Month Two

angryabigailDear Abigail,

I won’t lie. I wanted to start off this month’s letter like this:

Dear Colicky A-hole…

But, and while I’m not Dooce, I know first-hand how self-righteous and lacking in humor the Internet tends to be, especially where calling your two-month-old baby an asshole is concerned, and I have enough on our plate right now. Fending off the killers of joy is not one of them, especially since I know that by the time you read this you will have been regaled with the tales of these past weeks and how they’ve almost been the undoing of your parents.

Well, not really, but I imagine as the days, weeks, months and years wear on, Daddy and I will have given this experience the epic treatment we think it deserves.

As of this point in me writing this letter, you’re asleep upstairs in your swing, for your morning nap. At this time last month, such a thing was unheard of, which goes to show you that the Internet is right about some things, and in this case, it does get better. Now you barely squawk when I put you in there after your morning bottle, and sometimes you sleep in there for two, three hours. It’s amazing. Your parents also nutted up a bit and stopped letting you run the joint.

cuteabigailA lot has happened this month. It didn’t really go by that quickly, I’m not going to lie. We learned you not only had reflux, but also colic, which has meant your Daddy and I working hard to make sure you’re not only not in pain, but also sleep at night for the love of all that is good and holy. You’re stubborn, by God, but so are we. And we’ve had years of practice at it.

I’ve given so much thought to how stubborn you are, how fussy, how set on bringing the thunder each and every night, and how it sets the tone for our relationship. What is it exactly that God’s trying to teach me here? Most of it has become pretty obvious to me: It’s my job to be present, to be the adult, to let you know how much I love you in spite of it all. You might read all of these posts one day and think I didn’t love you, or that your crying made me angry with you, especially if you read them when you are a little younger than I’d hoped. Please know that nothing was ever further from the truth. I love you because of it. There is nothing more encouraging to me than to see we’ve given birth to someone like you, someone so headstrong, so sure of what she wants and so tenacious, as your Papa calls you. We’re just working hard to make sure we channel all that, even now at this age, and it’s not easy but it’s what we signed up for.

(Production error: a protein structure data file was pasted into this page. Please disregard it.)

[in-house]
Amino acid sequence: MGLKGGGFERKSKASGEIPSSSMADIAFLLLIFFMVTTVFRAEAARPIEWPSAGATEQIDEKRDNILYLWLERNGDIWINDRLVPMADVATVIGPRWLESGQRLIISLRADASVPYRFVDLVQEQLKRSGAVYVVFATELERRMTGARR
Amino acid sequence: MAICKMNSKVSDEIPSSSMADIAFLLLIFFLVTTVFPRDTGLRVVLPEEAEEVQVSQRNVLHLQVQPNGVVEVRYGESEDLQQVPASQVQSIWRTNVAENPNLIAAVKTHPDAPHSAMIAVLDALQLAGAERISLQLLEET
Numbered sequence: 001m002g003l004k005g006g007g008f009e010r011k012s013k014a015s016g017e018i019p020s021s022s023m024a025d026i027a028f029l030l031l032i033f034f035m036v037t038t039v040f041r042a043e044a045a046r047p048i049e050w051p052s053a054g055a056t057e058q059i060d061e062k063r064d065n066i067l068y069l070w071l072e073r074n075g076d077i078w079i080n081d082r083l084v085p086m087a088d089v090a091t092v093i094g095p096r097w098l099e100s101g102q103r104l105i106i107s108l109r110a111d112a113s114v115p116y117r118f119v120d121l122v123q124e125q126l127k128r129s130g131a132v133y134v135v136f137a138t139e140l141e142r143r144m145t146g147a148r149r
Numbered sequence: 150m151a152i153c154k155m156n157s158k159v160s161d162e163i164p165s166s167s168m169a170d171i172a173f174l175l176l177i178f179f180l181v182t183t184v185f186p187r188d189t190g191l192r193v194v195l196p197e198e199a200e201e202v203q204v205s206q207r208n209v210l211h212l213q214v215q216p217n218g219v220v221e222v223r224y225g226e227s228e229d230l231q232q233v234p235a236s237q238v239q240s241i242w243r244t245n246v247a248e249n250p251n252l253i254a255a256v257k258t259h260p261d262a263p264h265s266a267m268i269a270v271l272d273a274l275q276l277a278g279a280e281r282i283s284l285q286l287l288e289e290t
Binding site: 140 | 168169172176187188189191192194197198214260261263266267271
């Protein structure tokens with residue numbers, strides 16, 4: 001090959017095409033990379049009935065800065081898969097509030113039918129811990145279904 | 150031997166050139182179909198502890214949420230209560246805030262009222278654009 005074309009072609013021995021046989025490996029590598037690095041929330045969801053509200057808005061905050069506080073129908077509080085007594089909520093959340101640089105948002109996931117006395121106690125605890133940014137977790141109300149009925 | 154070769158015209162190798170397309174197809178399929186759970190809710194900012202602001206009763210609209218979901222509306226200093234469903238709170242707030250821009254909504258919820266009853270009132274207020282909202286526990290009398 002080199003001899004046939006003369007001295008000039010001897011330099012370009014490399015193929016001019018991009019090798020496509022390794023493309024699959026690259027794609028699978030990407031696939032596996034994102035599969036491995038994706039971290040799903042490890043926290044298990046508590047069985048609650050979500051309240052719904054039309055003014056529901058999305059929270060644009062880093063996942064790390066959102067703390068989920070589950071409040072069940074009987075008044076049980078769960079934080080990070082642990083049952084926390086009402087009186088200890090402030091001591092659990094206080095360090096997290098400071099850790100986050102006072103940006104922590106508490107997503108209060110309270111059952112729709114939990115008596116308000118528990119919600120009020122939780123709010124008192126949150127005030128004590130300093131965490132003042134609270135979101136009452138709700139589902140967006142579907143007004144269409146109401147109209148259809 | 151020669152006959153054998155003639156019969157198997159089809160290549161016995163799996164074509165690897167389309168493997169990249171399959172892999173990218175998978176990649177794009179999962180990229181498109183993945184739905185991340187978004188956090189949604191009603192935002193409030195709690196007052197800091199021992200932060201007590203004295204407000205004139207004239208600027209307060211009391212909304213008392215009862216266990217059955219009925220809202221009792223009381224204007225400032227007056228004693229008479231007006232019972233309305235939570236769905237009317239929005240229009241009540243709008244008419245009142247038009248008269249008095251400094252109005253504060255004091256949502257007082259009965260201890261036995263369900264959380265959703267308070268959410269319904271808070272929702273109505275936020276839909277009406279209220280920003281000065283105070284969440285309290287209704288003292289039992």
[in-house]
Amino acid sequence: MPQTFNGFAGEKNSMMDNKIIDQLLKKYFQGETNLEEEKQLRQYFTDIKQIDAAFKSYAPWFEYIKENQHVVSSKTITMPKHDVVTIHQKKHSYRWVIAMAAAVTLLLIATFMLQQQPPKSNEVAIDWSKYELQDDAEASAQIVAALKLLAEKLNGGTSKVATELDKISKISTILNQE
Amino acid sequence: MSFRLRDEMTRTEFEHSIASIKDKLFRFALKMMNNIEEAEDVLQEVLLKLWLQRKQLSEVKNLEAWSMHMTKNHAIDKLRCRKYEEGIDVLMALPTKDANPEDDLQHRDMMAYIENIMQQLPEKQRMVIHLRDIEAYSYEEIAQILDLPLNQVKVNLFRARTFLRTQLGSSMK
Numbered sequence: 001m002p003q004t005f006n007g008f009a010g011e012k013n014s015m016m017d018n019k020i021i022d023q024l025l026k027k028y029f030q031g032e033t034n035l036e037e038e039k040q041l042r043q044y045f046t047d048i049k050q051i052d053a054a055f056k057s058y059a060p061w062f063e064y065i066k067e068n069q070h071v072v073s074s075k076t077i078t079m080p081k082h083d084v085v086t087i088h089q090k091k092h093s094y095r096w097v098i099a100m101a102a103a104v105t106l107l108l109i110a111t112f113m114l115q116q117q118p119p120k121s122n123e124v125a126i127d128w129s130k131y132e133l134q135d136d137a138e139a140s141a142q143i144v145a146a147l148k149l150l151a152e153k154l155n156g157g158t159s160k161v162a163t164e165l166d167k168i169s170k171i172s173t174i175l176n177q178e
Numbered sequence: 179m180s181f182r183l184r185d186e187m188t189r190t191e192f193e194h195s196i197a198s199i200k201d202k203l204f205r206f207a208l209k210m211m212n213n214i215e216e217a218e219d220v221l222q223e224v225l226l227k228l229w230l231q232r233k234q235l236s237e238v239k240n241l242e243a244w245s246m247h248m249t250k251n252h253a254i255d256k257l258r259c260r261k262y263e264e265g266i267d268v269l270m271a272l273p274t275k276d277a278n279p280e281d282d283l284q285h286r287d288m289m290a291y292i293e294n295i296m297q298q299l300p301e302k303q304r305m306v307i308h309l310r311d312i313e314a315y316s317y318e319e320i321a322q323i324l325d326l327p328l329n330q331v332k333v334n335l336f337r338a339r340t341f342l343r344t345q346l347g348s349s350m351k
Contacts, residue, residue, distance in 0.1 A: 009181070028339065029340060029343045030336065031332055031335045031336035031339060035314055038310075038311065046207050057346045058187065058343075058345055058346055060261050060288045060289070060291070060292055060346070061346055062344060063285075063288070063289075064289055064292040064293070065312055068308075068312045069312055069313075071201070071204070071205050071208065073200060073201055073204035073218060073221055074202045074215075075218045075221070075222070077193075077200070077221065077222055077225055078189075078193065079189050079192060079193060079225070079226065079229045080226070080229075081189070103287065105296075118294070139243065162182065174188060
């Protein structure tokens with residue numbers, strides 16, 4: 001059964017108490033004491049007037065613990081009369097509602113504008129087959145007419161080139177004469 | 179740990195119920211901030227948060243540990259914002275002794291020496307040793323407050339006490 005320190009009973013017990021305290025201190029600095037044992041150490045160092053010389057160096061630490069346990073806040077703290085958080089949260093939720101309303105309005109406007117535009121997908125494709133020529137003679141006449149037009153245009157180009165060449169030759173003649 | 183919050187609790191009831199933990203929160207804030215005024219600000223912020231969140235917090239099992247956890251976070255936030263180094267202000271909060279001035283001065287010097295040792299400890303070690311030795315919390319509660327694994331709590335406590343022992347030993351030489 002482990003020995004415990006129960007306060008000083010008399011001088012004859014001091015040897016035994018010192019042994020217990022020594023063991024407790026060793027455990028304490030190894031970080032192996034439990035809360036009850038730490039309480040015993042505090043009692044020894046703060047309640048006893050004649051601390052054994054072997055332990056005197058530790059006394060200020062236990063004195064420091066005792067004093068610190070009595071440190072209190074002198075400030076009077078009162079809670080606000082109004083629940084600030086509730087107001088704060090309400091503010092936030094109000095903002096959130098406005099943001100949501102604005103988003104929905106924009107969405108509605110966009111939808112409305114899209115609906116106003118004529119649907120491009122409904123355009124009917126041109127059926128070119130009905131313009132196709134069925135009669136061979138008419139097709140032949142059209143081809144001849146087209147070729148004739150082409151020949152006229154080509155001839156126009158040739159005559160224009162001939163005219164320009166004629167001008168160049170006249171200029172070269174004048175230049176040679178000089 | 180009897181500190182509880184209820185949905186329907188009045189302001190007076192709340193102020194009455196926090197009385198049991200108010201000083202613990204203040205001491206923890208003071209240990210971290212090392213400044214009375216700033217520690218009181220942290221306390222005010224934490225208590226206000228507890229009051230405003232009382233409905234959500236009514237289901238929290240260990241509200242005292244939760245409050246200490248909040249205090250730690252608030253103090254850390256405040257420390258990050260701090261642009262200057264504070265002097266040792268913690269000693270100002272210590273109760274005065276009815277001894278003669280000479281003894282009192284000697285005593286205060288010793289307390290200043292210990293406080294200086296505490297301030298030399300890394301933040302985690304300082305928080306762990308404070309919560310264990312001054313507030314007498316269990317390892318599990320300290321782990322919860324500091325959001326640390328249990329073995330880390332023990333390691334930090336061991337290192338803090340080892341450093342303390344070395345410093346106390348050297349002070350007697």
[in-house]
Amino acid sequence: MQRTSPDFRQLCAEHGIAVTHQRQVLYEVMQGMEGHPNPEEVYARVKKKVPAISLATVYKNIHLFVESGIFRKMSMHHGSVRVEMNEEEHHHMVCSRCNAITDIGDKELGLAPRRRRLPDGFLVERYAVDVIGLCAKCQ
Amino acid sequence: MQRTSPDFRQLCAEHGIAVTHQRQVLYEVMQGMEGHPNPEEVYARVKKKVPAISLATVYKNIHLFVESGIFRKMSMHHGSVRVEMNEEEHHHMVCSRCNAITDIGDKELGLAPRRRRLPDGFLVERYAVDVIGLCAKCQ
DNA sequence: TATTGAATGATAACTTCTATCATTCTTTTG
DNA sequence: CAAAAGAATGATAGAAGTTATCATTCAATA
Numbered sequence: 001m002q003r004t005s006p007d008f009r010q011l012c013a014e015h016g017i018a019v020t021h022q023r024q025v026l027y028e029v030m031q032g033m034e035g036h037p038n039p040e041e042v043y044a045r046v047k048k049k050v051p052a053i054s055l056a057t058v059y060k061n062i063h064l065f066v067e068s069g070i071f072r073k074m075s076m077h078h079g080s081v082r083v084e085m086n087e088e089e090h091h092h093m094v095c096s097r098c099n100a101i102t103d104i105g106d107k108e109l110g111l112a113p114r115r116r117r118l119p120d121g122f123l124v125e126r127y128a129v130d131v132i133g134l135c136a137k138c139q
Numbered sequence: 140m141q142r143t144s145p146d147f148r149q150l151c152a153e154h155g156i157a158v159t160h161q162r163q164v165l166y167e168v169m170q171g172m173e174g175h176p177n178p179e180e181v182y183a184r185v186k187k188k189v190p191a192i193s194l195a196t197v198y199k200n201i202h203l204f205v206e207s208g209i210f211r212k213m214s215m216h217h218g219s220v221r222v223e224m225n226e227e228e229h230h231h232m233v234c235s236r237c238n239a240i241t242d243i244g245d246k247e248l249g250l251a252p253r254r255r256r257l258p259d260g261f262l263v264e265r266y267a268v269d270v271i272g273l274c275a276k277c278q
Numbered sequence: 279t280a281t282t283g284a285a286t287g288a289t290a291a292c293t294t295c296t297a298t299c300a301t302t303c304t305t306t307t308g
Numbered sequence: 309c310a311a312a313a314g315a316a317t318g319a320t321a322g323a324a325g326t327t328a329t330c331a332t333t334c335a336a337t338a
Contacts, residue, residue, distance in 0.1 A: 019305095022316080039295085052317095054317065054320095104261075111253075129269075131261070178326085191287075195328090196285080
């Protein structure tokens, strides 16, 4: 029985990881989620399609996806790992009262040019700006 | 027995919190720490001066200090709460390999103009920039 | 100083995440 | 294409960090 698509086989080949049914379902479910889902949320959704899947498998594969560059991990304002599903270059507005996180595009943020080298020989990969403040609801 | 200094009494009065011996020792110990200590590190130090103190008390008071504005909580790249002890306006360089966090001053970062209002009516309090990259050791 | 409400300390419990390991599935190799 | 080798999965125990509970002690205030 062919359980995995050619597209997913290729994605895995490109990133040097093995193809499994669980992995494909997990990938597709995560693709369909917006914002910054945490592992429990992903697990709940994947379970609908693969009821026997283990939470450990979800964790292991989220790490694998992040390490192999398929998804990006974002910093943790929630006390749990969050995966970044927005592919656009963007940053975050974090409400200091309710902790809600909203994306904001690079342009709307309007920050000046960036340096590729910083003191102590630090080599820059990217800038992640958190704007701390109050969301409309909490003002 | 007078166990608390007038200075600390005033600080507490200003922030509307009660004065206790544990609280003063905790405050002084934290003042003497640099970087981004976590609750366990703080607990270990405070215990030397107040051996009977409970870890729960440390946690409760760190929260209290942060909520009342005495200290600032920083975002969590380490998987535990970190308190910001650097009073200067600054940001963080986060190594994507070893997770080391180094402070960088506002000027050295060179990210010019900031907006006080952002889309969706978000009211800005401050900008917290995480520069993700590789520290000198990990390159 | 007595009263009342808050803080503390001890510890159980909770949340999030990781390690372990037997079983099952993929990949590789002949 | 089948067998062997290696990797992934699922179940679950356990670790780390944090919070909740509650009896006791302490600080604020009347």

One of the blessings I’ve had this month is that I get to be home with you in the mornings, once all of the crying has subsided, and the gas has quite literally passed – and holy smokes, kid, do you let ’em rip in the morning – and I get to spend time with you. The you you, not the poor baby who is currently plagued with colic and reflux.

playmatabigailYou’re so, so curious. Where once you could have given a royal hoot about the outside world, all of that growing has meant you want to take in everything. It’s as though you’re thinking, “Holy shit! Look at this ceiling! Have you bitches seen this ceiling?! Was it here the whole time? There is a lot of ceiling here and I have a lot of catching up to do!” And now, God bless you, you’re entertained for 15 minutes – at least! – on your play mats, which mean Mama can do any number of things in your general vicinity, or just sit and play with you. Just last week you took a swipe at one of the space monkeys on the mat upstairs. You grabbed it with all of your might and pulled the whole damn contraption down.

You’re a damn tank, my dear.

You still love looking at shapes and patterns, and every day we spend time with a whole slew of them. You giggle and smile when you see them, and so I like to think you’re putting it together, that it’s something you do with Mama and it makes you happy.

Of course that may just be gas. Seriously. Have I mentioned the gas? No one farts and burps quite like you.

abigailandthegangYou love, love, love your Mr. Monkey Magoo and Pooh. You can spend 20 minutes at your changing table, cooing and talking to them. It’s hysterical. On Facebook, I’ve started an entire series of pictures based on your chatting and cooing with these guys, all centered on the concept that you’re hosting a “daily staff meeting.” Mostly it’s a way for me to laugh and document you being stupidly cute.